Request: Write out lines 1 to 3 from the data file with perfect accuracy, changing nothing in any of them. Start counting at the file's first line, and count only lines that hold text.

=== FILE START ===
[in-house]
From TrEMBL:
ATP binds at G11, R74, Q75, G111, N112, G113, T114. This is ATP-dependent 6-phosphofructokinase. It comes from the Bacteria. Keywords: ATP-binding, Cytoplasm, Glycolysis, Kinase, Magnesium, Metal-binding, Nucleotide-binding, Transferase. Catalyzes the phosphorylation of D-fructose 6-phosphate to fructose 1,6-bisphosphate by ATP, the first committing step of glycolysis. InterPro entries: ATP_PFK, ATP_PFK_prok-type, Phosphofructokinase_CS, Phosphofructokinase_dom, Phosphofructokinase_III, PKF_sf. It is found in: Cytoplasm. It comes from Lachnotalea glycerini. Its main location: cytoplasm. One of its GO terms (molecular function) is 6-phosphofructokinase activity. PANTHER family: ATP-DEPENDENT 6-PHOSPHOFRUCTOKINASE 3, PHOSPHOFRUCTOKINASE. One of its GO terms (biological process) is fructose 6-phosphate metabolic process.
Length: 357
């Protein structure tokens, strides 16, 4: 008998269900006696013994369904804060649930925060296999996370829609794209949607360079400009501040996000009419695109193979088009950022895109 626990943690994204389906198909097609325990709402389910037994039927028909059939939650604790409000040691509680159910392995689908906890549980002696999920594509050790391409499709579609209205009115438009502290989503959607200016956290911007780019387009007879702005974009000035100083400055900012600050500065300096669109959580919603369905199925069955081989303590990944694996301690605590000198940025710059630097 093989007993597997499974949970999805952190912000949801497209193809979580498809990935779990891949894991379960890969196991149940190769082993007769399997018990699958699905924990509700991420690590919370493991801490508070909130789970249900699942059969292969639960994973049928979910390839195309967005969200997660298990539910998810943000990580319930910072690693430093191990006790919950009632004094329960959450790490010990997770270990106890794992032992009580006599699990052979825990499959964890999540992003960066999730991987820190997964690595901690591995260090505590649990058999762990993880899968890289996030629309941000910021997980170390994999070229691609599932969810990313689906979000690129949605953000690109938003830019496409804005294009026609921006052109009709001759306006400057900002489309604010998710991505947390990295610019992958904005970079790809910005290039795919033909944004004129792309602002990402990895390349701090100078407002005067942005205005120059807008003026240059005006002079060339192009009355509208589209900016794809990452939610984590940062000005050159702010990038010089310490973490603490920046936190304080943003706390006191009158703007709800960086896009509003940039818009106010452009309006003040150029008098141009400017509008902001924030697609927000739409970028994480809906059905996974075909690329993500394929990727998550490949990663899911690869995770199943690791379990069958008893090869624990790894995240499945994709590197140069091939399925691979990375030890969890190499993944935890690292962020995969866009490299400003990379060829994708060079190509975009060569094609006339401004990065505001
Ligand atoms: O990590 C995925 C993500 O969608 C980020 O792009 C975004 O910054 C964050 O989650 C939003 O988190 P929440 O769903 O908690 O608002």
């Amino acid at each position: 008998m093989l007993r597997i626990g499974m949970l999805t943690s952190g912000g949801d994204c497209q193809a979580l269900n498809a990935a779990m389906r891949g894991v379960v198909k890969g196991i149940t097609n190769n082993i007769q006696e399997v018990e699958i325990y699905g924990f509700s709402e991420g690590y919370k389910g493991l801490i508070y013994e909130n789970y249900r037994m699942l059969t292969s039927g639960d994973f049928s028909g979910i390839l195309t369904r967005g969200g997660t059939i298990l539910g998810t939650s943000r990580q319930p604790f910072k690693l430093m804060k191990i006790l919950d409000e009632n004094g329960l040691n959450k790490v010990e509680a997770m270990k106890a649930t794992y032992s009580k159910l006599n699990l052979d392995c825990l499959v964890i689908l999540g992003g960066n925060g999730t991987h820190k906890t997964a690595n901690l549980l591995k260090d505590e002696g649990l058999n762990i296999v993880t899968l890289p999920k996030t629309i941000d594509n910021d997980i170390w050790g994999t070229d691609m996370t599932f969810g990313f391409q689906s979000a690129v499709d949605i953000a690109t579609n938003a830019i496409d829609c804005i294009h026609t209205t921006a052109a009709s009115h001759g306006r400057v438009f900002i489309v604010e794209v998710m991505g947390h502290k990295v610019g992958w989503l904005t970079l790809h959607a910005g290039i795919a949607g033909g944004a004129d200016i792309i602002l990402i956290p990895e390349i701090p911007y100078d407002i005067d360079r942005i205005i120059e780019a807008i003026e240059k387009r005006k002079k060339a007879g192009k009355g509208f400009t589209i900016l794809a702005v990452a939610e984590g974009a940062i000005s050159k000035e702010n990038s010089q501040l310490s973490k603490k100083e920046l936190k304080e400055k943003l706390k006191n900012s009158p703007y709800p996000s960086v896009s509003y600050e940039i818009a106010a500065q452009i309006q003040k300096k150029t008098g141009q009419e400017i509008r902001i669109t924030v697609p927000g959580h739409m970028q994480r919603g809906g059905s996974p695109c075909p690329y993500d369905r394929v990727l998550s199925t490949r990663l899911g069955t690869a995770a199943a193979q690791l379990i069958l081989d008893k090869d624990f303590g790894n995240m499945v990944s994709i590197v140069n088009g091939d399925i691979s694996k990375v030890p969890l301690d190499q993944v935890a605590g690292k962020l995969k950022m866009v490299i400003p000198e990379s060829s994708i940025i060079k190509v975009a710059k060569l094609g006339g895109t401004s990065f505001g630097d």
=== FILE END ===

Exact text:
[in-house]
From TrEMBL:
ATP binds at G11, R74, Q75, G111, N112, G113, T114. This is ATP-dependent 6-phosphofructokinase. It comes from the Bacteria. Keywords: ATP-binding, Cytoplasm, Glycolysis, Kinase, Magnesium, Metal-binding, Nucleotide-binding, Transferase. Catalyzes the phosphorylation of D-fructose 6-phosphate to fructose 1,6-bisphosphate by ATP, the first committing step of glycolysis. InterPro entries: ATP_PFK, ATP_PFK_prok-type, Phosphofructokinase_CS, Phosphofructokinase_dom, Phosphofructokinase_III, PKF_sf. It is found in: Cytoplasm. It comes from Lachnotalea glycerini. Its main location: cytoplasm. One of its GO terms (molecular function) is 6-phosphofructokinase activity. PANTHER family: ATP-DEPENDENT 6-PHOSPHOFRUCTOKINASE 3, PHOSPHOFRUCTOKINASE. One of its GO terms (biological process) is fructose 6-phosphate metabolic process.